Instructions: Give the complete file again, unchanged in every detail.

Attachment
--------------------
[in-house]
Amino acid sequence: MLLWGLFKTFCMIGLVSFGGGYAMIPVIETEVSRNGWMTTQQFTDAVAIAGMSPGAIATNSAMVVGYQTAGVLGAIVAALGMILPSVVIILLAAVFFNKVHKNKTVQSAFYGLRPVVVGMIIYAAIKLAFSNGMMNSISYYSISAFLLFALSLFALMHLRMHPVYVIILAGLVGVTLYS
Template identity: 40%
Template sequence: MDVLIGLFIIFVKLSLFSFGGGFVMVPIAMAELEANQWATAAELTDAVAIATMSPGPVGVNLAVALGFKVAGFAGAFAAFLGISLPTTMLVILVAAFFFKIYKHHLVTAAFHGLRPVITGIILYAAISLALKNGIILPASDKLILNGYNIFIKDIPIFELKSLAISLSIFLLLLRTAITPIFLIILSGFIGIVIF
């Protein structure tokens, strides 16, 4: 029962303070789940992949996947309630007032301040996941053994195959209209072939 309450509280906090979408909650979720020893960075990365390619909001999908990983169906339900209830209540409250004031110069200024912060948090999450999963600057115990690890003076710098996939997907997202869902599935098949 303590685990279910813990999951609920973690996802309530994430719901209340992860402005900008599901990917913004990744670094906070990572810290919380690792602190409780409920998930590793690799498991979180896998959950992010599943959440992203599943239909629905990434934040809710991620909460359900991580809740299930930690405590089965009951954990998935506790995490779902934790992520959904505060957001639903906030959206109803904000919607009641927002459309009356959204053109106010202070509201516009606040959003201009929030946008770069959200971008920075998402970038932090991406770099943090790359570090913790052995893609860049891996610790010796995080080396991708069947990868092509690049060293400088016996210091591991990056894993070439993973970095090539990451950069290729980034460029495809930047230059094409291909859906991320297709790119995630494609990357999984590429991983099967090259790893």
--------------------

[in-house]
Amino acid sequence: MLLWGLFKTFCMIGLVSFGGGYAMIPVIETEVSRNGWMTTQQFTDAVAIAGMSPGAIATNSAMVVGYQTAGVLGAIVAALGMILPSVVIILLAAVFFNKVHKNKTVQSAFYGLRPVVVGMIIYAAIKLAFSNGMMNSISYYSISAFLLFALSLFALMHLRMHPVYVIILAGLVGVTLYS
Template identity: 40%
Template sequence: MDVLIGLFIIFVKLSLFSFGGGFVMVPIAMAELEANQWATAAELTDAVAIATMSPGPVGVNLAVALGFKVAGFAGAFAAFLGISLPTTMLVILVAAFFFKIYKHHLVTAAFHGLRPVITGIILYAAISLALKNGIILPASDKLILNGYNIFIKDIPIFELKSLAISLSIFLLLLRTAITPIFLIILSGFIGIVIF
């Protein structure tokens, strides 16, 4: 029962303070789940992949996947309630007032301040996941053994195959209209072939 309450509280906090979408909650979720020893960075990365390619909001999908990983169906339900209830209540409250004031110069200024912060948090999450999963600057115990690890003076710098996939997907997202869902599935098949 303590685990279910813990999951609920973690996802309530994430719901209340992860402005900008599901990917913004990744670094906070990572810290919380690792602190409780409920998930590793690799498991979180896998959950992010599943959440992203599943239909629905990434934040809710991620909460359900991580809740299930930690405590089965009951954990998935506790995490779902934790992520959904505060957001639903906030959206109803904000919607009641927002459309009356959204053109106010202070509201516009606040959003201009929030946008770069959200971008920075998402970038932090991406770099943090790359570090913790052995893609860049891996610790010796995080080396991708069947990868092509690049060293400088016996210091591991990056894993070439993973970095090539990451950069290729980034460029495809930047230059094409291909859906991320297709790119995630494609990357999984590429991983099967090259790893």